Additionally, the compromised patient information (including credit card information, health insurance information, clinical detail) is worth a lot of money. The healthcare industry has increased its use of remote data, leaving each organization to address new vulnerabilities. Clinical workers need to have easy, streamlined processes to ensure timely care to patients. With the myriad of devices used in patient care, clinical workers are not always trained on cybersecurity measures, even though workers share data for patient care. Lack of training and outdated technology makes healthcare a desirable target and increases the healthcare industry’s challenges. An increase in remote, off-site work creates new challenges for non-clinical workers. Studies show workers have become more comfortable using company computers for non-related work items, such as checking personal emails, social media, shopping, etc.

Not only is the information available in the healthcare setting valuable (with each healthcare record worth up to 10 times that of credit card numbers), but the attack surface is vast. According to the Healthcare Information and Management Systems Society (HIMSS) (a nonprofit organization focused on improving healthcare worldwide through information and technology), in addition to standard attack vectors, the attack surface includes:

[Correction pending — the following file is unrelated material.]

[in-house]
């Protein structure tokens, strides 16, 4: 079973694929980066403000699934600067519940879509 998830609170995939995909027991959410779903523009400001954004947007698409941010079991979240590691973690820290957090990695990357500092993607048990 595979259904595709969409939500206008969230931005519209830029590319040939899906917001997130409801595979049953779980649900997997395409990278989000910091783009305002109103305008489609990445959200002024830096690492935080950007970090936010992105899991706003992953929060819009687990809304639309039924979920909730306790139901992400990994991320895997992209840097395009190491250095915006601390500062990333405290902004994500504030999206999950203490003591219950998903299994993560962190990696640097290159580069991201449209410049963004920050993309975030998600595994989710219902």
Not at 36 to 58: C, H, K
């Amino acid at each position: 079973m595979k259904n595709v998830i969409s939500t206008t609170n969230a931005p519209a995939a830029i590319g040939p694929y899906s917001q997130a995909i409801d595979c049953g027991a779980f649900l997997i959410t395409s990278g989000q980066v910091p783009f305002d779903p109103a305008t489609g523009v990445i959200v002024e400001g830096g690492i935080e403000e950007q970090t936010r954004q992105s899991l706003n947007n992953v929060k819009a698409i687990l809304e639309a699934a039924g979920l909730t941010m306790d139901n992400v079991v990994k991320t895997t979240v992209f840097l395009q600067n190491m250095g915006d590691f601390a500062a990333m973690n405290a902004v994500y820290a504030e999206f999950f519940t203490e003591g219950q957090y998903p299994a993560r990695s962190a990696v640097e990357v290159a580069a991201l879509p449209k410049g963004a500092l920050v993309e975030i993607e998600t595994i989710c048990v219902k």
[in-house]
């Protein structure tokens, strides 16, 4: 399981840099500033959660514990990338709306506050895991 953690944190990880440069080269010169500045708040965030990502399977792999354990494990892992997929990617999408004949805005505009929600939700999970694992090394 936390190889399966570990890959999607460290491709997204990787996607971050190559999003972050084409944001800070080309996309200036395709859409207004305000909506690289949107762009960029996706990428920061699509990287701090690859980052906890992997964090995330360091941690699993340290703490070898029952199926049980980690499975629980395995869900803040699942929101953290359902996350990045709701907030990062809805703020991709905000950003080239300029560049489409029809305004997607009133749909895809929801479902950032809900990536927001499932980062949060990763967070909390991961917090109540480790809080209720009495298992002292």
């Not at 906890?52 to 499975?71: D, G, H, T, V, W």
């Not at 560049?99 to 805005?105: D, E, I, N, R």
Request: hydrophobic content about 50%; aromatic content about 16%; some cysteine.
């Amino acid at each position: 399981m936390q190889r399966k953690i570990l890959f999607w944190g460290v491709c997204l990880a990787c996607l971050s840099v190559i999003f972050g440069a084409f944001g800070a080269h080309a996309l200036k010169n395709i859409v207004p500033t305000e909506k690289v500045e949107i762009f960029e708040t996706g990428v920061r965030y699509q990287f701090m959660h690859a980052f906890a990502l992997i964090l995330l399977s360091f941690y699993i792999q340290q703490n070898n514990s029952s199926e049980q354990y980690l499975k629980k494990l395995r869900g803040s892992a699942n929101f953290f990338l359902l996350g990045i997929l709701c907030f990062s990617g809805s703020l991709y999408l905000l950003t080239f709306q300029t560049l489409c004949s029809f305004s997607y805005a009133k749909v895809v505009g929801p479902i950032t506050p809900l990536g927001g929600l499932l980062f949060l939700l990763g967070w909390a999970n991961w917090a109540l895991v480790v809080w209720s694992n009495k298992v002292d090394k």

[V]arious types of specialized hospital information systems such as EHR systems, e-prescribing systems, practice management support systems, clinical decision support systems, radiology information systems and computerized physician order entry systems. Additionally, thousands of devices that comprise the Internet of Things must be protected as well. These include smart elevators, smart heating, ventilation and air conditioning (HVAC) systems, infusion pumps, remote patient monitoring devices and others.

Implications of the Attacks